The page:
I think that grade school should teach creationism and evolution and let the children decide whether it is true or not. Now I believe that there must be some sort of "powers that be" that if evolution is true set it in motion. It matters not to me what you believe. ( however, I think all you people who say no should read the first chapter of Mere Christianity by C.S. Lewis and chew on THAT for a bit.)
To ignore creationism would be disastrous to both education and the lives of students being solely taught evolution. Children need to understand both sides so they can choose.
More importantly, it is essential to recognise that natural science actually supports Creation rather than evolution. It is amazing to see that dinosaurs that are supposed to be millions of years old and supposedly exist prior to the evolution of birds have actually been found with bird remains in their guts. Thus emphatically proving that birds and dinosaurs existed at the same time (this is a fact and based on true and accurate science). Consequently this also proves that the evolutionary time line is in fact a lie and not based on science but rather based on ideas and theories that have been dreamt up by men.
Even scientists such as Einstein and Newton believed in Creation. More importantly creation and the Bible itself have their authorship resting not in individual's ideas but in the author of life Himself..
creationism is a realities new idea and in today's day and age is very controversial due to the heavy influence of religion however that is not fair to deny education to those children. we live in a new day and age and it is necessary for children to learn all aspects of the world. it is important for children to create their own ideas.
This is a waste of time. First, that is what church is for. Why should teachers teach creationism if: A. Church is supposed to do that, B. It is not based on scientific evidence, and C. It does not follow the constitution. Teaching one type of creationism in public schools is unconstitutional because it breaks separation of church and state. If it is a private school, it has the right to teach what it wants. But this is not about private schools, it is about public schools. Also, why don't we teach everything about what the bible says. Why don't we teach how demons cause illness. It says it in the bible. Also, every creationist counter point is arguable. For example " If humans evolved from monkeys, why are there still monkeys today?". That is because, first off, we did not evolve from modern monkeys. Both monkeys and us evolved from an ancient ancestor that you could say was a monkey. Those monkeys are not our ancestors, those ones are dead. Another question I get is " If fire needs oxygen, than how is the sun a ball of fire?". I hate to break it to you, but the sun is NOT a ball of fire. There is a difference between magma and fire. The sun looks like it burns but that is usually a solar flare. The sun glows because it fuses lighter elements to heavier elements. Like hydrogen to helium. With heat comes light. "But creationism can cover gaps that evolution has!". Of course it can, because it is it made up. I can say: " A giant turd can create the world because it can". I could make a story of how turds became human without any gaps. Also, in grade school, if we teach kids about creationism OVER evolution, they will believe it is right. That is brain washing.
First off, in the U.S, church and state is separated, and public schools (private schools are allowed to teach creationism all they want) cannot base lessons on religion. Now, if there were good, solid evidence for creationism it would be a different story, but there isn't. There is. However, lots of good, solid evidence for evolution, too much to provide in detail right now. Also, if you want to teach your child about creationism, although I disagree, you can take them to church.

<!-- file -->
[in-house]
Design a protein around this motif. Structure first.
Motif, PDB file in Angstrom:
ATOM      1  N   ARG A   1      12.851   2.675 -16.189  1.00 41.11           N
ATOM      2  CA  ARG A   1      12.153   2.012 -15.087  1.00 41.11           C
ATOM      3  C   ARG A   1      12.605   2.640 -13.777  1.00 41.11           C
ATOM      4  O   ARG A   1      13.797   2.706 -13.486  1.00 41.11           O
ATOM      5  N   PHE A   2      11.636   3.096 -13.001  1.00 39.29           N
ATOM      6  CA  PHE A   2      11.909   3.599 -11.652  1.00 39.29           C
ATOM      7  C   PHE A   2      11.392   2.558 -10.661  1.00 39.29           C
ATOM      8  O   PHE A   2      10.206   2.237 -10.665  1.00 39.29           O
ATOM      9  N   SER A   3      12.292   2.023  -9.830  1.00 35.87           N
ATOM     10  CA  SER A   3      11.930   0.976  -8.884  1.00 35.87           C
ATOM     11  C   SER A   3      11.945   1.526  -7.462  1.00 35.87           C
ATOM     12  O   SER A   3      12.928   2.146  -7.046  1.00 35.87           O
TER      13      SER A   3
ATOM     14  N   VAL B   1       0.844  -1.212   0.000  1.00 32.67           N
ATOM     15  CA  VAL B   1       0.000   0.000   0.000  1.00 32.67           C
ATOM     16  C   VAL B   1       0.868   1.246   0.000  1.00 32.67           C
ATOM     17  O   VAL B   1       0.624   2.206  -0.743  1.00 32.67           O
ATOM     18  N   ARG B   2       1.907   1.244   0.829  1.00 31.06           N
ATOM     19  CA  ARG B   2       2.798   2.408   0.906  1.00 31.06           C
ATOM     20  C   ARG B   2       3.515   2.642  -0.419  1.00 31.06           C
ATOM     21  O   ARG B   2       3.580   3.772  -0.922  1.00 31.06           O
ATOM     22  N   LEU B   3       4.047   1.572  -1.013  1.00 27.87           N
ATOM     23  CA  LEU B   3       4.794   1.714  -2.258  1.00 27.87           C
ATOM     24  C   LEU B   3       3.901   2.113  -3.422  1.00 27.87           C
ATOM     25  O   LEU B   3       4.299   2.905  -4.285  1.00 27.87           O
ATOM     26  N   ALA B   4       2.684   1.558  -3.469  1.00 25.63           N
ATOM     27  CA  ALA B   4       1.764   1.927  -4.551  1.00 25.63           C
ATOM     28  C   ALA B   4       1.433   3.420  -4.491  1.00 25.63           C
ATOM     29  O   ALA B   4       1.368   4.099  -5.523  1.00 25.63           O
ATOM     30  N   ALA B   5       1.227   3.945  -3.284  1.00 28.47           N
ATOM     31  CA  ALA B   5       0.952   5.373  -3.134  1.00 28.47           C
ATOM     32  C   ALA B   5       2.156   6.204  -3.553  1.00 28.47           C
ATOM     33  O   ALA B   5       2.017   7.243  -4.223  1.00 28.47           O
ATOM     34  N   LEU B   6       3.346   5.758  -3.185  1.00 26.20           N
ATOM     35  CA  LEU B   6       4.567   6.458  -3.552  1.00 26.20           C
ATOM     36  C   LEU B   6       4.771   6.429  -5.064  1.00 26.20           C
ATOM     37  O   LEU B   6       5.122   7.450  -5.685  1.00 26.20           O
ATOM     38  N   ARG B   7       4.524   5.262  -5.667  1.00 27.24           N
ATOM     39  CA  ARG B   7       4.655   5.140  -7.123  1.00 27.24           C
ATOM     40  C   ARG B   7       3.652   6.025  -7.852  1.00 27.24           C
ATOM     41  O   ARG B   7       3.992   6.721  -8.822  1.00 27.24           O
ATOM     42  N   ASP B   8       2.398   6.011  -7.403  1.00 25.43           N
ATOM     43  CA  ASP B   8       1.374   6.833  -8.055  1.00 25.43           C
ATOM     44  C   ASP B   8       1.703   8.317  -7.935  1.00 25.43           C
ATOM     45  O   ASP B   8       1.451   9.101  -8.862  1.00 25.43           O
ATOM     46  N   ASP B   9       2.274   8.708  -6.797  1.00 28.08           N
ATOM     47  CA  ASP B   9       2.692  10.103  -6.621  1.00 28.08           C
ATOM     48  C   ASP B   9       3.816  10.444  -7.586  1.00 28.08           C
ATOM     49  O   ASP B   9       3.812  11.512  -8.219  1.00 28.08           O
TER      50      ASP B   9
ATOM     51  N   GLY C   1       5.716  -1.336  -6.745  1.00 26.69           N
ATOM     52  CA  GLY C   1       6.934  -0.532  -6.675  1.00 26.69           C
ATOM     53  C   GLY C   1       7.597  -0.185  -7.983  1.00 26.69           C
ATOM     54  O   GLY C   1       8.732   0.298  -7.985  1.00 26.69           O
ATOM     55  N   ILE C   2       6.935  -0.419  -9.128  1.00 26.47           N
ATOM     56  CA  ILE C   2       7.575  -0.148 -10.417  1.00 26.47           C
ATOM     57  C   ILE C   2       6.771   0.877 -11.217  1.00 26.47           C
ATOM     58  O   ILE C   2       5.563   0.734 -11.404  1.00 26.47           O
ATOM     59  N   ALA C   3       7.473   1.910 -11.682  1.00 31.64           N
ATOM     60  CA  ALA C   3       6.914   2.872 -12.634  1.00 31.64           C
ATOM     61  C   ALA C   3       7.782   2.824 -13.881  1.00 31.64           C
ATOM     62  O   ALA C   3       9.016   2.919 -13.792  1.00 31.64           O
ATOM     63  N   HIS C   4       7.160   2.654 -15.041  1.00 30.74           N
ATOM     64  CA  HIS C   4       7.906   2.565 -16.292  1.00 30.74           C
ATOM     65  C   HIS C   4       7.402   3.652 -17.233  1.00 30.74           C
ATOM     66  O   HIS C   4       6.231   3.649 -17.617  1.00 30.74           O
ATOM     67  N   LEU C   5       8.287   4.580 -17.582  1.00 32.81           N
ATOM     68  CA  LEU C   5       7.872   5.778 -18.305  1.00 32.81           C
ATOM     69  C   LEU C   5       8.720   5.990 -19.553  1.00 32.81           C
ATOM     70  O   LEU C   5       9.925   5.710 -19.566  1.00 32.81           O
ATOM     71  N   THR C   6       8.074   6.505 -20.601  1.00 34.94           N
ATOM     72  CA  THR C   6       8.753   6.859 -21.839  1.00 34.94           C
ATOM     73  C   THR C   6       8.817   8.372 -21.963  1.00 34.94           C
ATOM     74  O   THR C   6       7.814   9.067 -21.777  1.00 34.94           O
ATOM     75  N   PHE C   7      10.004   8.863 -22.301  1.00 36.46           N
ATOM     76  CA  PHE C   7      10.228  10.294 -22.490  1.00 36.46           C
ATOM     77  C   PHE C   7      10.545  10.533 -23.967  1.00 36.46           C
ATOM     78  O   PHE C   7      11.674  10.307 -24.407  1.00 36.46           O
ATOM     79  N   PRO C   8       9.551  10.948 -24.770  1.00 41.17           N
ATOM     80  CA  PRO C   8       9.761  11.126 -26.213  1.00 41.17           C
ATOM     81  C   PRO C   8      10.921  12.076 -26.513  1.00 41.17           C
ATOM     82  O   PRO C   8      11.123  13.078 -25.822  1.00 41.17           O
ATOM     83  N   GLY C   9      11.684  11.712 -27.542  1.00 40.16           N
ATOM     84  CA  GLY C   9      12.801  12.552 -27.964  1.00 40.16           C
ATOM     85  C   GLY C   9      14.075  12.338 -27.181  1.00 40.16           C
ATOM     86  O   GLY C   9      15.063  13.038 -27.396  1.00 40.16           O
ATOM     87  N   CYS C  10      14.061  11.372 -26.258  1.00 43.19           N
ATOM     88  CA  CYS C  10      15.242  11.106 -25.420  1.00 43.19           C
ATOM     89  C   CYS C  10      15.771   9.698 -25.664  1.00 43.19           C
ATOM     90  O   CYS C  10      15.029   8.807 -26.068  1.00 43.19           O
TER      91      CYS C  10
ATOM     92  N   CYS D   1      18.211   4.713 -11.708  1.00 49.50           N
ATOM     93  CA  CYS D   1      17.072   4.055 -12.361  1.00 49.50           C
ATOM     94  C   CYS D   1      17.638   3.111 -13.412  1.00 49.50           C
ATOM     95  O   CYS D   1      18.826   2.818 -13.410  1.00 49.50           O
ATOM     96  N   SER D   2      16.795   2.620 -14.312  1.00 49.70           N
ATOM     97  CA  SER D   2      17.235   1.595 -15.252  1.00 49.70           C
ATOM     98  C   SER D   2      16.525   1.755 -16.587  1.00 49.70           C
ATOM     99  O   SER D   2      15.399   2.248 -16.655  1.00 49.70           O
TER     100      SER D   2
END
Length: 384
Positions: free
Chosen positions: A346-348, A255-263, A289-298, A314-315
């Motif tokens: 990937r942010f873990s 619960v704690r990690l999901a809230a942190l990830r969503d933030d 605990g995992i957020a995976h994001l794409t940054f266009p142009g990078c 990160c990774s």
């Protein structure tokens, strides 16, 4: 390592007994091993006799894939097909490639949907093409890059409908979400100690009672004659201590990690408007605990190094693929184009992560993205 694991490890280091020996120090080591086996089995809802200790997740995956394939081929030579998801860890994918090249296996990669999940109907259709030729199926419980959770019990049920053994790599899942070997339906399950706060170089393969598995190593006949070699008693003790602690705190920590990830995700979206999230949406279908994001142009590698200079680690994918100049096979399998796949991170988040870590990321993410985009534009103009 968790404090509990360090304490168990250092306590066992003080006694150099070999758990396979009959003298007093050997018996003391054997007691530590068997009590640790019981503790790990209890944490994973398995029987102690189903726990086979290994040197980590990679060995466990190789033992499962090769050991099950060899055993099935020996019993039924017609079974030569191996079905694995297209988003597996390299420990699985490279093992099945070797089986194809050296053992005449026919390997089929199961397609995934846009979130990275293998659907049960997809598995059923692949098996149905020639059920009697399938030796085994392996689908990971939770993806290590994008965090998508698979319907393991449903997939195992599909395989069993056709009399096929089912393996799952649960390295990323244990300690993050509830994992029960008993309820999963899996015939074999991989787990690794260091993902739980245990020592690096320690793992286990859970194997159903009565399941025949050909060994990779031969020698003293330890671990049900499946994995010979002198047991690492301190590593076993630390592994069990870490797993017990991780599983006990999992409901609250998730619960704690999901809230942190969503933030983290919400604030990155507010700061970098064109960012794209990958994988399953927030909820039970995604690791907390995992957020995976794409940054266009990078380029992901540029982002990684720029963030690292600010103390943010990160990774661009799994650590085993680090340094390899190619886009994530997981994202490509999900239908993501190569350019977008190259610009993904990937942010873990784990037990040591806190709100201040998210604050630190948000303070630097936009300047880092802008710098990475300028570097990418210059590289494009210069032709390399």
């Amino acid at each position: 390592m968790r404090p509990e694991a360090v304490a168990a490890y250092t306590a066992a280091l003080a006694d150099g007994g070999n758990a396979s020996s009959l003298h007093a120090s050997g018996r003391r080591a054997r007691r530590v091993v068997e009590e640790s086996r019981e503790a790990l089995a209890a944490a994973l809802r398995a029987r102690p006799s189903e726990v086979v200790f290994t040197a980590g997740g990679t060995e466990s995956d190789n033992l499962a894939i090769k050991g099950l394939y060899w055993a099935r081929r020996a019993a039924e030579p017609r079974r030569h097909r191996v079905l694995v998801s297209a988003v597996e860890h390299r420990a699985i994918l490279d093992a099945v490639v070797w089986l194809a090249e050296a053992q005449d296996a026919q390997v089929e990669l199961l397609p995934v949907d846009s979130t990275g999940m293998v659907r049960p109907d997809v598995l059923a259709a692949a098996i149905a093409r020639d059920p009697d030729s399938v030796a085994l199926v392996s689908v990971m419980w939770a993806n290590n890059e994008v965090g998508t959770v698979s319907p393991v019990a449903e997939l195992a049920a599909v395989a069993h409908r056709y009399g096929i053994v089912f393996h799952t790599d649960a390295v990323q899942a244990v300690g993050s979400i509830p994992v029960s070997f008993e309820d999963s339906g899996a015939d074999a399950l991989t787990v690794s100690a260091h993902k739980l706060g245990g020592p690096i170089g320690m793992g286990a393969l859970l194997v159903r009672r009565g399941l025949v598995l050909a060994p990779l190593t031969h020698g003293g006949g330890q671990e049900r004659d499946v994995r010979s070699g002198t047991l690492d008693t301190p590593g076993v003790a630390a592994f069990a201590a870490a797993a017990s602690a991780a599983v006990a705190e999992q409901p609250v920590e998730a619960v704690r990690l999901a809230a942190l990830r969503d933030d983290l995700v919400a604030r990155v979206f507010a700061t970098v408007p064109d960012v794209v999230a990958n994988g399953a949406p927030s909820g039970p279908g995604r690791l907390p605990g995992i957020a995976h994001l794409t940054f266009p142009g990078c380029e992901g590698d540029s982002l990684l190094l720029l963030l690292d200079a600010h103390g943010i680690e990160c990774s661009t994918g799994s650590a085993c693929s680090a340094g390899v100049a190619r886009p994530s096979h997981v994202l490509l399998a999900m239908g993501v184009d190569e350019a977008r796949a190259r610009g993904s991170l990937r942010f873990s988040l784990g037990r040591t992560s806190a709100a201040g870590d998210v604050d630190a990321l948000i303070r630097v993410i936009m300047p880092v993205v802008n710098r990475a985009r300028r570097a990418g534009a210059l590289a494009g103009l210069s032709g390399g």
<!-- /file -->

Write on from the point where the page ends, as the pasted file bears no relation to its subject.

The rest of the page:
Creationism has no place being taught in schools because it is unsupported by facts. When it comes down to it, schools are there to educate children with facts. Facts are supported by verifiable evidence, creationism is not, and it we make an exception for it, where would we draw the line? We have a duty to our children to give them the best education possible, by teaching them the most accurate information available. This is not creationism.
Schools exist, in part, to teach children science, and science holds that humans evolved over billions of years. Denying evolution in favor of creationism won't change science, so not allowing evolution to be taught is ridiculous. If parents are that concerned with their children learning both perspectives, then they can teach their children themselves, or take them to Sunday school.
I believe it is the duty of a school to teach children (what we believe to be) the most accurate information available. Evolution has a wealth of scientific evidence, while creationism is a religious belief that is not connected to science at all. People are free to believe in creationism, but it should not be taught instead of evolution.
Creationism should not be taught in public grade schools under any circumstances. That's what Sunday School is for. A basic education should be based upon facts and current science, not upon stories more than 2,000 years old. There can be archaeological evidence that can be taught, but imparting a religious opinion goes against the First Amendment principle of the separation of church and state.
I believe that creationism should not be taught in grade school over the science of evolution because it violates the separation between church and state. Not only that, but evolution actually has an abundance of physical evidence that proves its legitimacy, while creationism is merely a theory that is held to be true by members of the Christian faith.